19 One of the biggest drawbacks of wind power is the daily and seasonal variation in power output. Wind power is very low in the summer when electrical demand peaks, and high during spring and fall when demand is lowest. Over the entire U.S., wind power dropped 20% below average during July and August of 2006, while Electricity consumption for the nation jumped 20% above average. Nuclear power plants normally run at 100% year round due to their low fuel cost, yet production was 10% above average during July and August because they schedule refueling and maintenance outages for spring and fall when demand is low. Windfarms often schedule maintenance in the summer when wind is low to minimize production losses.

In California, windmill output at the time of peak demand during the heat wave of 2006, dropped below 4% of data plate rating for seven days. Counting on wind power for baseload capacity during a heat wave could be deadly.

This paper does not highlight these problems and the calculations homogenize a year of data in such a way that the graphs completely hide seasonal variation.

20 There are 3 billion people around the world who want to join the middle class. If the U.S. could reduce its emissions to zero instantly, the savings would soon be gobbled up by the developing world. Second and third world countries do not have large robust grids with massive baseload plant capacity sufficient to provide free backup and power conditioning for a large windmill buildup. New backup plants and fuel supply systems would have to be built along with the windmills, making wind cost prohibitive in those countries.


Clearly the real world requirements of grid management and the real world requirement for affordability and the analysis in this report do not support this conclusion;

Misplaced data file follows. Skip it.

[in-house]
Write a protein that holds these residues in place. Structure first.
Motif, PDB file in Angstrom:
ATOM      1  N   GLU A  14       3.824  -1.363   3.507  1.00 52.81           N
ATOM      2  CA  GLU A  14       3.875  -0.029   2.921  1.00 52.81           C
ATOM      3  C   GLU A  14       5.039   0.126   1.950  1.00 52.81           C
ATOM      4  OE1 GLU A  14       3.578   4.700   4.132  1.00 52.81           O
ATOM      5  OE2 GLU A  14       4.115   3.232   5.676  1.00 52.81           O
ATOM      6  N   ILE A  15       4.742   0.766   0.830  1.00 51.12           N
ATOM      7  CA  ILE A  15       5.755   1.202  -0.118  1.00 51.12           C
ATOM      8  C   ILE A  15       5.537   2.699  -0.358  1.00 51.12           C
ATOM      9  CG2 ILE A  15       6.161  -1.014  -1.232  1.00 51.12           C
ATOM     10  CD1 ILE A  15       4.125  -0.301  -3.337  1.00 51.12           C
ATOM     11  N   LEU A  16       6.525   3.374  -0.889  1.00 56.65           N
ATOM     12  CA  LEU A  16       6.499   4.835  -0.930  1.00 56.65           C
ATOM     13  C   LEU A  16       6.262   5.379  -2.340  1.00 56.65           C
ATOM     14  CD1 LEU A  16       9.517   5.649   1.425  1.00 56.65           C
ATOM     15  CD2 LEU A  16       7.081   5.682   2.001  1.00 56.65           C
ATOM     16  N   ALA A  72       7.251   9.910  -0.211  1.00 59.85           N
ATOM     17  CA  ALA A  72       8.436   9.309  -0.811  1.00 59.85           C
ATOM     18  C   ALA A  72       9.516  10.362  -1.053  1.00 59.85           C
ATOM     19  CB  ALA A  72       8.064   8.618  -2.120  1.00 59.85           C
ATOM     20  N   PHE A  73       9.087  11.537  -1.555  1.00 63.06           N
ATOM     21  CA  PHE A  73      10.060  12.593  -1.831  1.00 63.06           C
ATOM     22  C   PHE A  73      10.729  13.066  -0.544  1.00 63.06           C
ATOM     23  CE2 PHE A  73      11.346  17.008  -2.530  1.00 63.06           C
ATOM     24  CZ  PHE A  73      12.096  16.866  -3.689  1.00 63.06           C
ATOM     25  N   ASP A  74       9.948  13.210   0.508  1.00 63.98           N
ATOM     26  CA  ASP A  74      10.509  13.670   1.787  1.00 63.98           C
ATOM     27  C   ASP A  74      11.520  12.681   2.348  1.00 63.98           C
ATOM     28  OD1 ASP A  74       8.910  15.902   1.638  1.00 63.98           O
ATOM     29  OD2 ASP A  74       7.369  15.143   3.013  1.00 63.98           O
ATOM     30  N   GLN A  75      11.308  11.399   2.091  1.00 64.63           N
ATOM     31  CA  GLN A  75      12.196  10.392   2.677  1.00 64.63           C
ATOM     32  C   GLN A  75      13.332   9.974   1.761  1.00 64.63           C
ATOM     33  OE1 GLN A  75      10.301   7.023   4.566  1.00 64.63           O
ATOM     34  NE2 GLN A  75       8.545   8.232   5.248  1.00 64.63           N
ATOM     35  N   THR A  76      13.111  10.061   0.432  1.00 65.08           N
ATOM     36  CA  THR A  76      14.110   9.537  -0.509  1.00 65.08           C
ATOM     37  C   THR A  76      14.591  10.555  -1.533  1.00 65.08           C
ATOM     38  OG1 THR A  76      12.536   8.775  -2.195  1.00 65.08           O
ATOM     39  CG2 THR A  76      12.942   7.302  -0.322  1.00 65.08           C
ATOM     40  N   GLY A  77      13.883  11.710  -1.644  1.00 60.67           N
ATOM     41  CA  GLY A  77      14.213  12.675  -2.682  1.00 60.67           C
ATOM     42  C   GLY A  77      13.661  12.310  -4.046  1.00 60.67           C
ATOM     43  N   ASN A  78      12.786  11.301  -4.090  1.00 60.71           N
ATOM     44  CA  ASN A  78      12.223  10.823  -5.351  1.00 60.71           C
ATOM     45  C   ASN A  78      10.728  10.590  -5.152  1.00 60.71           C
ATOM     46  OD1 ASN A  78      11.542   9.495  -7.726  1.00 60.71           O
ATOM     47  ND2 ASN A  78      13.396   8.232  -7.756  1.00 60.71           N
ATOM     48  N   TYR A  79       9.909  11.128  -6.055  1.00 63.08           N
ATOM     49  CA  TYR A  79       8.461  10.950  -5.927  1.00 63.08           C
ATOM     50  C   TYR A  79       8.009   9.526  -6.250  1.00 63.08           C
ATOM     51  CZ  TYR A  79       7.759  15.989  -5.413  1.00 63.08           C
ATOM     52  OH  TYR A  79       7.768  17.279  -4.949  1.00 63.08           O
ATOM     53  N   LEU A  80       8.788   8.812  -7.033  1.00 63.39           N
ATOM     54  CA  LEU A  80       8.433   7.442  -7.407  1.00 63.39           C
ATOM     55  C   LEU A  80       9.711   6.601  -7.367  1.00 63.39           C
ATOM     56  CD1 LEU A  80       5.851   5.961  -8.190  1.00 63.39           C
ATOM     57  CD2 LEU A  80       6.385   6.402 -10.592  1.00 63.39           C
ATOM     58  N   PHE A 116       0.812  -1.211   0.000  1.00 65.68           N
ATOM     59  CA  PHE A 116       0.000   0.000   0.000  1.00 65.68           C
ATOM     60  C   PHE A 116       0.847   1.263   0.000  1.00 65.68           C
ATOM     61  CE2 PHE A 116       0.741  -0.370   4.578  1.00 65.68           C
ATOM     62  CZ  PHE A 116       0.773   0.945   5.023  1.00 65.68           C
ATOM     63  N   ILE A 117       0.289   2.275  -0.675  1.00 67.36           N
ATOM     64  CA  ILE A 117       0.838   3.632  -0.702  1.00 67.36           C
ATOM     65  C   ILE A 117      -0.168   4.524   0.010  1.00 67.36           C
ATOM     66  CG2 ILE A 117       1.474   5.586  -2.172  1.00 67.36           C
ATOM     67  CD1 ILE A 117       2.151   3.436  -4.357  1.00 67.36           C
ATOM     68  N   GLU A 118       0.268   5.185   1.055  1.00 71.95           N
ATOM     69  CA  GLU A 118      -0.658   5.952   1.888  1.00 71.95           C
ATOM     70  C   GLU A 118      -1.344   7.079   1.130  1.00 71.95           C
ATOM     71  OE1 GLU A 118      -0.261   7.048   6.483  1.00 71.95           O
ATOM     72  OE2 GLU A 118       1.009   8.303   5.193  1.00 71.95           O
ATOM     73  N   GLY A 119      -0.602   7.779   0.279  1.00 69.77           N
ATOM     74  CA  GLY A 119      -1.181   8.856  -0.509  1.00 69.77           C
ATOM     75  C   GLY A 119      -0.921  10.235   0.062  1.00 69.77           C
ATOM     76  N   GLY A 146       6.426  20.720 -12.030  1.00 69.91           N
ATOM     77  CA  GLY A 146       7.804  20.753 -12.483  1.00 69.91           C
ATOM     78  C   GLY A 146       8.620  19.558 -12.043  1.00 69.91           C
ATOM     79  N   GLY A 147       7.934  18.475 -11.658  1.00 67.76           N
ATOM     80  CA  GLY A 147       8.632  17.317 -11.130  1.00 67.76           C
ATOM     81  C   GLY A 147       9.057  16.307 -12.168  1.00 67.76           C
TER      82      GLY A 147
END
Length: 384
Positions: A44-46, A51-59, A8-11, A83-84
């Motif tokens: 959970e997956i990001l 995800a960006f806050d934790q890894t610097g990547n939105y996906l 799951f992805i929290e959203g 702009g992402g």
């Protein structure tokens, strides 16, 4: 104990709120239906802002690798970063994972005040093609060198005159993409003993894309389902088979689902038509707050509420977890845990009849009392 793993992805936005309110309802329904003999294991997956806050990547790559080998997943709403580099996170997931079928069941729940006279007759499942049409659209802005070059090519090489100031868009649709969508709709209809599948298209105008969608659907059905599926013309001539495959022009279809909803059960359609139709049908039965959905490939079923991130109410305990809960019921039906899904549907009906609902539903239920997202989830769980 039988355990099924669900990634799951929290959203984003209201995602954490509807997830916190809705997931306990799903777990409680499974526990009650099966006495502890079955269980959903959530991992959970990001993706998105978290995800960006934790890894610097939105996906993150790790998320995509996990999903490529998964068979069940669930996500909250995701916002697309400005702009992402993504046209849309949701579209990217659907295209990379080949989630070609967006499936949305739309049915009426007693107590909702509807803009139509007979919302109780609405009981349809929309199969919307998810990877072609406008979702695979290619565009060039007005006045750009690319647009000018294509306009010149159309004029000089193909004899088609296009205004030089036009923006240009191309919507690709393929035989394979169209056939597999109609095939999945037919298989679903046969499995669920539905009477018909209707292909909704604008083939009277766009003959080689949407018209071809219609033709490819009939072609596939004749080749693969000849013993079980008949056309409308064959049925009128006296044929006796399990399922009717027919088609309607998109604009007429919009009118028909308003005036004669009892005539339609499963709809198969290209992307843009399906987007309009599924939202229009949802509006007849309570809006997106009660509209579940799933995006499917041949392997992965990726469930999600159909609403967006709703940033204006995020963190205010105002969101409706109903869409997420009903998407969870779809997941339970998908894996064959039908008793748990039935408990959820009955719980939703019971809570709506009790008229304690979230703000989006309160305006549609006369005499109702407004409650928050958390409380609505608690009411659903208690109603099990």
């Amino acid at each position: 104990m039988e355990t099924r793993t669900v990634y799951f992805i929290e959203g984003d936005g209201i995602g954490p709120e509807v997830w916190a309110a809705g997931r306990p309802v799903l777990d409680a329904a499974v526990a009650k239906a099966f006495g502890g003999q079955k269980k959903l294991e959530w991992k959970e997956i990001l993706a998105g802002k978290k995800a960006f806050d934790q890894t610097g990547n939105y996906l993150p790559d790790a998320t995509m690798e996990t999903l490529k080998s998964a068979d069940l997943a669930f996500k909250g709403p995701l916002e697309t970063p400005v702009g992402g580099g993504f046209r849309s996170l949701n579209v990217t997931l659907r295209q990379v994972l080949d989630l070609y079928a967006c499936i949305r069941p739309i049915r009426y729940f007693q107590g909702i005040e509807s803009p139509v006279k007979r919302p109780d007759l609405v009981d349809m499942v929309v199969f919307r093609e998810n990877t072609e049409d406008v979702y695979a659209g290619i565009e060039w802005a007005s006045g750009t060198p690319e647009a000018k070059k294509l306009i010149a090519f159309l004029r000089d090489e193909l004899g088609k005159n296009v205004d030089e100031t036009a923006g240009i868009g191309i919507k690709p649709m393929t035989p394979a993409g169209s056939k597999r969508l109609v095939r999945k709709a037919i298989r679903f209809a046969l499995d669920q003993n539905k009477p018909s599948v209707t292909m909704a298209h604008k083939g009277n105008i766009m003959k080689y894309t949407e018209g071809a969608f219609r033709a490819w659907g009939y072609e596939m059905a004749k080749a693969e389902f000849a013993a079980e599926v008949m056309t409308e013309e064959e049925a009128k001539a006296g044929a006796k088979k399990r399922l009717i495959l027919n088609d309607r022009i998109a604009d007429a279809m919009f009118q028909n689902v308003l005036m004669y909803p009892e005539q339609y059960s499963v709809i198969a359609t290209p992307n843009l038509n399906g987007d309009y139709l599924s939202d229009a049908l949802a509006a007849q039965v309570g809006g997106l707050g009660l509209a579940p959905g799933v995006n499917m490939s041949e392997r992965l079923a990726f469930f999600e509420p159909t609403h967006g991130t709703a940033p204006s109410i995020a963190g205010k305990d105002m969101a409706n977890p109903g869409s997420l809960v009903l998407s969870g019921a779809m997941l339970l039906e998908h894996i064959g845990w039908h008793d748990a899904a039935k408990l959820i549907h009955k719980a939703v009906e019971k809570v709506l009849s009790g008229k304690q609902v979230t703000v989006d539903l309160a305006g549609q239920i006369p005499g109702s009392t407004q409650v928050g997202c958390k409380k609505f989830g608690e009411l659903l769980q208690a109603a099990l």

“It was found that an average of 33% and a maximum of 47% of yearly averaged wind power from interconnected farms can be used as reliable, baseload electric power.”

A non technical person with no knowledge of the utility industry, reading this paper, will receive an inaccurate view of winds capacity to replace conventional power plants. This paper is being used by wind enthusiasts to convince ordinary citizens and political leaders that we can replace conventional baseload power plants with wind power plants, with no increase in cost or risk (Roberts 2007), (Lipow 2007), (Treehugger 2007).

Consider this quote from Popular Mechanics magazine,

“Cristina Archer, a professor of civil and environmental engineering at Stanford University, has proposed a different approach... Archer … determined that if 19 of those farms were networked together, grid operators could safely rely on more than a third of the total power generated—it would become as dependable as electricity from a traditional power plant.”

We are at a critical point in human history, making the transition from fossil fuel to other sources of energy. Getting energy right or wrong will mean the difference between life and death for hundreds of millions of people in this century. Windmills are not a practical replacement for any fraction of baseload power plants.

This ends the comment.

I would like to add one more example that came to mind after the comment was submitted that clearly illustrates the fatal flaw in this analysis.

Imagine that someone invents a cold fusion generator that is very cheap to mass produce, but can only be operated at rated power for 1 hour in every 10 hours. The “Firm Capacity” of these units is only 10%, less than one fourth the 45% Jacobson claims as the “Firm Capacity” of the windfarms.

A utility would buy enough units to cover its highest demand day, and have a totally reliable grid year round with no backup plants, no storage and no additional transmission lines required. That is because each unit can be scheduled well in advance and dispatched as needed. These are the qualities that give an energy source reliability, and they are not present with wind farms, even if they are interconnected. “Firm capacity” is not an indication of, or correlated with, or equivalent to reliability, except at the end points of 0% and 100%.

Jacobson’s entire paper hangs on the assumption that “firm capacity” and “reliability” are equivalent and interchangeable, in direct contradiction of this example, the examples in the comment, common sense and industry standards.